Let's contemplate good government/bad government.
Aside from the seriously big issues of the day, the ones making President Obama wish he had stayed a community organizer in Chicago, sometimes it's important to ponder the everyday decisions governments make.
For example, the District of Columbia, home of the nation's capital, is trying to figure out how to write a law that will permit presumably law-abiding citizens to carry guns on the street without turning the city into the Wild, Wild West.
So many questions. Must weapons be concealed or hurled about openly? Could a resident carry a gun into City Hall, the White House or the Capitol? Will, heaven forbid, Virginians or Marylanders be able to come into the District with their guns? The city used to ban carrying guns in public but that law was overturned in the courts, and nobody expects a flat prohibition on carrying weapons to be reinstated. Second Amendment rights, you know, even though the mayor says it is unnerving to think of feisty city council members packing heat.
Lots of states have lots of positions on carrying guns and most are being challenged all the time by one side or the other. In Maryland, for example, someone who wants to run around with a gun has to give the state police a good and substantial reason. Gun rights people think that's outrageous.
Out in California, the issue is more benign but no less controversial. There, legislators want to ban all plastic bags, the kind you get in groceries, drug stores, convenience stores, Chinese takeout places and liquor stores. And, in truth, we don't want more plastic cluttering up the landscape for hundreds of years.
East Coast women already are getting used to stuffing the back seats of their cars with reusable sacks or carrying about cute shopping bags that fold up into little origami animals as Europeans have done for years. Men, however, are not so keen on this, although that may change if male purses, such as the leather sacks they have in Europe, make it here. Big If.
But, still, how do you carry your lunch back from the corner deli to your desk without a little throwaway plastic bag? Paper leaks.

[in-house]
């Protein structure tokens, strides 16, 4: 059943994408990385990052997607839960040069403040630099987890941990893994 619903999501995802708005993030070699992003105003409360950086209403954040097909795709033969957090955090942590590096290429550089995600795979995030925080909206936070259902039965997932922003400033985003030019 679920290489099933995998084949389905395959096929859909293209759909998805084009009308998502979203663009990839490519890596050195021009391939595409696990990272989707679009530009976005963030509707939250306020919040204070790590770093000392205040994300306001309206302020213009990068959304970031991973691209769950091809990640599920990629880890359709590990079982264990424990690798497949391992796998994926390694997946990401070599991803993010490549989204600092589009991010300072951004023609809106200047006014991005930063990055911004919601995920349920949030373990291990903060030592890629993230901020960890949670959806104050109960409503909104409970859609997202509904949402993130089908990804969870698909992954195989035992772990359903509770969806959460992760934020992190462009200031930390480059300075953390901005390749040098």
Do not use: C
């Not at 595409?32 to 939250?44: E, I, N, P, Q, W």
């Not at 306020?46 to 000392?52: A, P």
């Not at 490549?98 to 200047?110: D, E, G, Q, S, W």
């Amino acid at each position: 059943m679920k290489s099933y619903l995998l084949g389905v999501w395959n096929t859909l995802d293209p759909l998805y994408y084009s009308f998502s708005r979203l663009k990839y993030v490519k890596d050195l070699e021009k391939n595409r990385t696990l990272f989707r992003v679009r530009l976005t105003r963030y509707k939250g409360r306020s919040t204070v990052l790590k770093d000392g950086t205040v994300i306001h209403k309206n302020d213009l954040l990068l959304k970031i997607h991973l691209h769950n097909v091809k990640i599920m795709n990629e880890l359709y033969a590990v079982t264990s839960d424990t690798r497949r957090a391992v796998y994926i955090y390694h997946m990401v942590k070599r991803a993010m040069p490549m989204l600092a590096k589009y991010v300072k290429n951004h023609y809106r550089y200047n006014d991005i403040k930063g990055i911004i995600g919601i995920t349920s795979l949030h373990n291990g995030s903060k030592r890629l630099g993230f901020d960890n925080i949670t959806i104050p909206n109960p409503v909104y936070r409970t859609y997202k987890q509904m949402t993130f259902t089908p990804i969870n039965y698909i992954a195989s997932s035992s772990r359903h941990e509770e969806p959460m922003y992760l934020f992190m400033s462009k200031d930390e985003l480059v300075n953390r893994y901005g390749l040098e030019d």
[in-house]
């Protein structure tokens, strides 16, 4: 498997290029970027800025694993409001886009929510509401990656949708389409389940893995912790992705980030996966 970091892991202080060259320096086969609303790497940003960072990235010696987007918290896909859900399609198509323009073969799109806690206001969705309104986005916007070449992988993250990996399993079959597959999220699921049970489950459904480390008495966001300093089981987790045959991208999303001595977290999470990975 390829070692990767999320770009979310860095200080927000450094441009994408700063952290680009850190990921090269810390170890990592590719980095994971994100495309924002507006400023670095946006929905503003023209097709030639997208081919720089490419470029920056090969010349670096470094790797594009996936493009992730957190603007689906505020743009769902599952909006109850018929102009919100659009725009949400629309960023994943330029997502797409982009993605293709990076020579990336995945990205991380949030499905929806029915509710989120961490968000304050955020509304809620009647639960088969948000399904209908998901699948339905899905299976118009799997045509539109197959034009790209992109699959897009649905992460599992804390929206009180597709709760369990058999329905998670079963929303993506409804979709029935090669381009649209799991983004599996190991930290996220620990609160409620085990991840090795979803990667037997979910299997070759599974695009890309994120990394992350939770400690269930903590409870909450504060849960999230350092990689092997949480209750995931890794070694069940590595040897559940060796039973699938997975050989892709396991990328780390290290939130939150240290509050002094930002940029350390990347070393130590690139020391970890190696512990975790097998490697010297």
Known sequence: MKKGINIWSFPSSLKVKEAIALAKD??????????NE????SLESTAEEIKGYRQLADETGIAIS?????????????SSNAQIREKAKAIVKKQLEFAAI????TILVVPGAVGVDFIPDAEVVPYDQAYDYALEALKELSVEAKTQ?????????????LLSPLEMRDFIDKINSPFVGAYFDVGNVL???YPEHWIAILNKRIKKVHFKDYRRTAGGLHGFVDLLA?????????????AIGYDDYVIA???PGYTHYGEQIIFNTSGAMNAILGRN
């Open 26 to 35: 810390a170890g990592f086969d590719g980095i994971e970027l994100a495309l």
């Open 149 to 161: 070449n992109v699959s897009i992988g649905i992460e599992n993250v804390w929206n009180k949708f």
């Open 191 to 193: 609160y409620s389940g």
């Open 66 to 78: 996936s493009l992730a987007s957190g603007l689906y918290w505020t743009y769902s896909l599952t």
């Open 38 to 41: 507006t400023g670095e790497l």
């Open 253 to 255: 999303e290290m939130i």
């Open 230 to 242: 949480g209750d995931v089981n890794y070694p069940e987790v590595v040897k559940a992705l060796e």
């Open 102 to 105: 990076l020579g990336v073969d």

Nonetheless, the California legislature is firm. Merchants may use paper bags and charge ten cents each or consumers may buy reusable bags. (Alas, a recent news broadcast claimed they fill up quickly with germs.) Makers of plastic bags are furious, fearing a nationwide ban is inevitable and would be a job killer. But some innovative manufacturers make reusable bags out of stuff that used to be trash, thus creating jobs.
Everybody complains about regulation from Washington. But here's something you might not know. The federal government has actually implemented new rules to keep bank fees down - those nasty, shocking $35 fees banks imposed with astonishing regularity for infractions no mortal could understand.
According to the Federal Deposit Insurance Corp., bank fees dropped more than 20 percent to $32.5 billion in 2013 compared with 2009. This is the first decline since the government started monitoring fees in 1942.
Naturally, banks are fighting back. Some dropped free checking. Some require huge balances or they charge high fees. And more banks are trying to sell customers stocks and pricy investment packages to make more profit. But at least they have to get your permission to charge overdraft fees. Also, people are checking their account balances more often because of smartphones to make certain they don't go over their limit.
Not surprisingly, some want the regulations overturned, arguing that millions live paycheck to paycheck and may be willing to pay an overdraft fee to get a little money until the next payday.
These are times that try our souls. But we may take comfort that there are bureaucrats trying to figure things out. Think about it when you carry your gun in a plastic bag on the way to the bank to discuss overdraft protection.
Ann McFeatters is an op-ed columnist for McClatchy-Tribune.